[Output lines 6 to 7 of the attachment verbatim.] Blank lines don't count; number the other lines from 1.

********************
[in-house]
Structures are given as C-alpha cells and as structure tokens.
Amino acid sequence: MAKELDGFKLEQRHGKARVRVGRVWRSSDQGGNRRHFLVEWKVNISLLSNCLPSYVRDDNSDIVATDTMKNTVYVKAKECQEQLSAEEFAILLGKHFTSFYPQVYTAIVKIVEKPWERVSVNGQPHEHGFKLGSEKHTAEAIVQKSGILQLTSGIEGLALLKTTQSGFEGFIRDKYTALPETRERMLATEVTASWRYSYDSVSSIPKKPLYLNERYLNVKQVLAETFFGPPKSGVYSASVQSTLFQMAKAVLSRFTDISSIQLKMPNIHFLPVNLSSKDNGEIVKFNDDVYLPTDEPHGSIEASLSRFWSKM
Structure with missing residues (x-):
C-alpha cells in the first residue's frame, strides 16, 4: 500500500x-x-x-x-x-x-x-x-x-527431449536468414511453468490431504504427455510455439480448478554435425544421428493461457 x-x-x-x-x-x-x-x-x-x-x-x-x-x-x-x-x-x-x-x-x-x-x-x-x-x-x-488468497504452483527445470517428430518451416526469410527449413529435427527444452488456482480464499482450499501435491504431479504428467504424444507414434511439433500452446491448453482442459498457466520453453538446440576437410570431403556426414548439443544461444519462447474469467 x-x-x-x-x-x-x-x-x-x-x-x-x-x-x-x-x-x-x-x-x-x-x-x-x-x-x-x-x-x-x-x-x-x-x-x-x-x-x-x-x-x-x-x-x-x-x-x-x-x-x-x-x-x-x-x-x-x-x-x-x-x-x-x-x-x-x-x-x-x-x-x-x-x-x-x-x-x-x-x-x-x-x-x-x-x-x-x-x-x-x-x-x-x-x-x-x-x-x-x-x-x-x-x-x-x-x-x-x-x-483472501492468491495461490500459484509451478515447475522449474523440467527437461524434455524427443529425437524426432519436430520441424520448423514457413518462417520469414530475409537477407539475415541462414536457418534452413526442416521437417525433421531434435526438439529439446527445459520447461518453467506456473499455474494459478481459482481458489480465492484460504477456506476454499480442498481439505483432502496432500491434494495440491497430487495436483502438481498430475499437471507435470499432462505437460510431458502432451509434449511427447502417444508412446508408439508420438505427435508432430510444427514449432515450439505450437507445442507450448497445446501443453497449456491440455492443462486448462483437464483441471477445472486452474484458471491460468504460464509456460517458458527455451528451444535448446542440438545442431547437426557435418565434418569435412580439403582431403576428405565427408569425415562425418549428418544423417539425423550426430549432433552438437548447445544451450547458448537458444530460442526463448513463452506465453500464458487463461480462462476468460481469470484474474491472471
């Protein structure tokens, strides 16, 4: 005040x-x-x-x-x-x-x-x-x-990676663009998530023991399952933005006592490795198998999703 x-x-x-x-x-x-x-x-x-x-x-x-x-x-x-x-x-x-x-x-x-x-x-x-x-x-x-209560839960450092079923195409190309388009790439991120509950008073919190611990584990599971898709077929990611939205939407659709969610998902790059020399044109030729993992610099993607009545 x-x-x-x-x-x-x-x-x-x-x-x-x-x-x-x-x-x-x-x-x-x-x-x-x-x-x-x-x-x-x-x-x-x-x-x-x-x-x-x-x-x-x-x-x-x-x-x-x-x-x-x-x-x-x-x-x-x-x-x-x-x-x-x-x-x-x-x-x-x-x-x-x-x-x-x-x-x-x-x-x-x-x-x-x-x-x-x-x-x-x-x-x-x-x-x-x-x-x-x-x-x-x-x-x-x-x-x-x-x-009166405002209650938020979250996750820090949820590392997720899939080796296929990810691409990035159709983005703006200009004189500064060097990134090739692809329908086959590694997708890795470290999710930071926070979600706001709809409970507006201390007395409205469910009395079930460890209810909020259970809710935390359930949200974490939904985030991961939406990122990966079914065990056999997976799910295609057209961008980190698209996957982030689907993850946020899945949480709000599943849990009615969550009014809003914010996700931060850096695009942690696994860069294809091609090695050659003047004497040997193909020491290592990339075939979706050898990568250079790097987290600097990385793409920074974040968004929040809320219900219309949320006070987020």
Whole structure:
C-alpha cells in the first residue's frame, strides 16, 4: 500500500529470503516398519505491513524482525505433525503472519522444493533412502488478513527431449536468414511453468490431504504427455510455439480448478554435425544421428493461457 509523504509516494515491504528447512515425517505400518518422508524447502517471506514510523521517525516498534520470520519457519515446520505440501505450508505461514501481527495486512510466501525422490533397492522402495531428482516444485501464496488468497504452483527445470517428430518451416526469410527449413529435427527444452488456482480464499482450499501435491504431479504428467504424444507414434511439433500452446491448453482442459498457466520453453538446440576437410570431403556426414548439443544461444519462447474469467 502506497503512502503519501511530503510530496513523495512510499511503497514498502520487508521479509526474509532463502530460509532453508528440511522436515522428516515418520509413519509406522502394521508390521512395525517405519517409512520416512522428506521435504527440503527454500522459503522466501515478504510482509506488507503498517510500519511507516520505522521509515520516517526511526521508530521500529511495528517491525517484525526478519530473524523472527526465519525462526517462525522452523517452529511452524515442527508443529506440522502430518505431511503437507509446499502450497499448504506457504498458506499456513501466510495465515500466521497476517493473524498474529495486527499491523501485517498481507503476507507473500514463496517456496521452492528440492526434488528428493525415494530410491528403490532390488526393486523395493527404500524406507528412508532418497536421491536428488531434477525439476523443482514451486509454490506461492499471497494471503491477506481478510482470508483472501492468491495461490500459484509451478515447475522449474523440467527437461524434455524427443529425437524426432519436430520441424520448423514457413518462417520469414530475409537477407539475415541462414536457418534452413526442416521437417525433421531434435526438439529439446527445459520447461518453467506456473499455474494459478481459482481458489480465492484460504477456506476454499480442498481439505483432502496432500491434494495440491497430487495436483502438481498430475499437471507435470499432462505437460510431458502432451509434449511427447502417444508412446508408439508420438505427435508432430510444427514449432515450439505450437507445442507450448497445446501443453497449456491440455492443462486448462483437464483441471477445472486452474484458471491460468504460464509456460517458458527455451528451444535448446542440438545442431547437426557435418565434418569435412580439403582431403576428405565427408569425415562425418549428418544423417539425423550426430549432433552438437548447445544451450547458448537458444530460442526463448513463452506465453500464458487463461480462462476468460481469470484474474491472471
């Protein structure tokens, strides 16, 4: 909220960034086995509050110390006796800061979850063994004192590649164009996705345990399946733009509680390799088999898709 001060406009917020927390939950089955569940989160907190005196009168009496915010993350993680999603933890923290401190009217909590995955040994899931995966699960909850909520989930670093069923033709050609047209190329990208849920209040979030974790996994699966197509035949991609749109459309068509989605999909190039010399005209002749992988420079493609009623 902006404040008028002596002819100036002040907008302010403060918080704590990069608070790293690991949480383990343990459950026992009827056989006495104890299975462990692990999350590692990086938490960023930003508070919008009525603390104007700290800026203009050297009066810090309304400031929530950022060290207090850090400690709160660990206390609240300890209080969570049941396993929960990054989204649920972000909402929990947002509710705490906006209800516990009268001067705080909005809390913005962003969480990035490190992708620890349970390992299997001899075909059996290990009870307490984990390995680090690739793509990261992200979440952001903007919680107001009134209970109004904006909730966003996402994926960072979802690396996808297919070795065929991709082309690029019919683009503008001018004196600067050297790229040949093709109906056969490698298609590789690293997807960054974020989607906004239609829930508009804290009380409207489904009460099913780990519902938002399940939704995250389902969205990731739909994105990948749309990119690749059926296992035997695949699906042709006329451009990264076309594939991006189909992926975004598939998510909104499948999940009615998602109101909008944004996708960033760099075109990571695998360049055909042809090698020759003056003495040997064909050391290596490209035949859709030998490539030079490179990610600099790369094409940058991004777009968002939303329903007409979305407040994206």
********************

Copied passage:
């Protein structure tokens, strides 16, 4: 005040x-x-x-x-x-x-x-x-x-990676663009998530023991399952933005006592490795198998999703 x-x-x-x-x-x-x-x-x-x-x-x-x-x-x-x-x-x-x-x-x-x-x-x-x-x-x-209560839960450092079923195409190309388009790439991120509950008073919190611990584990599971898709077929990611939205939407659709969610998902790059020399044109030729993992610099993607009545 x-x-x-x-x-x-x-x-x-x-x-x-x-x-x-x-x-x-x-x-x-x-x-x-x-x-x-x-x-x-x-x-x-x-x-x-x-x-x-x-x-x-x-x-x-x-x-x-x-x-x-x-x-x-x-x-x-x-x-x-x-x-x-x-x-x-x-x-x-x-x-x-x-x-x-x-x-x-x-x-x-x-x-x-x-x-x-x-x-x-x-x-x-x-x-x-x-x-x-x-x-x-x-x-x-x-x-x-x-x-009166405002209650938020979250996750820090949820590392997720899939080796296929990810691409990035159709983005703006200009004189500064060097990134090739692809329908086959590694997708890795470290999710930071926070979600706001709809409970507006201390007395409205469910009395079930460890209810909020259970809710935390359930949200974490939904985030991961939406990122990966079914065990056999997976799910295609057209961008980190698209996957982030689907993850946020899945949480709000599943849990009615969550009014809003914010996700931060850096695009942690696994860069294809091609090695050659003047004497040997193909020491290592990339075939979706050898990568250079790097987290600097990385793409920074974040968004929040809320219900219309949320006070987020």
Whole structure: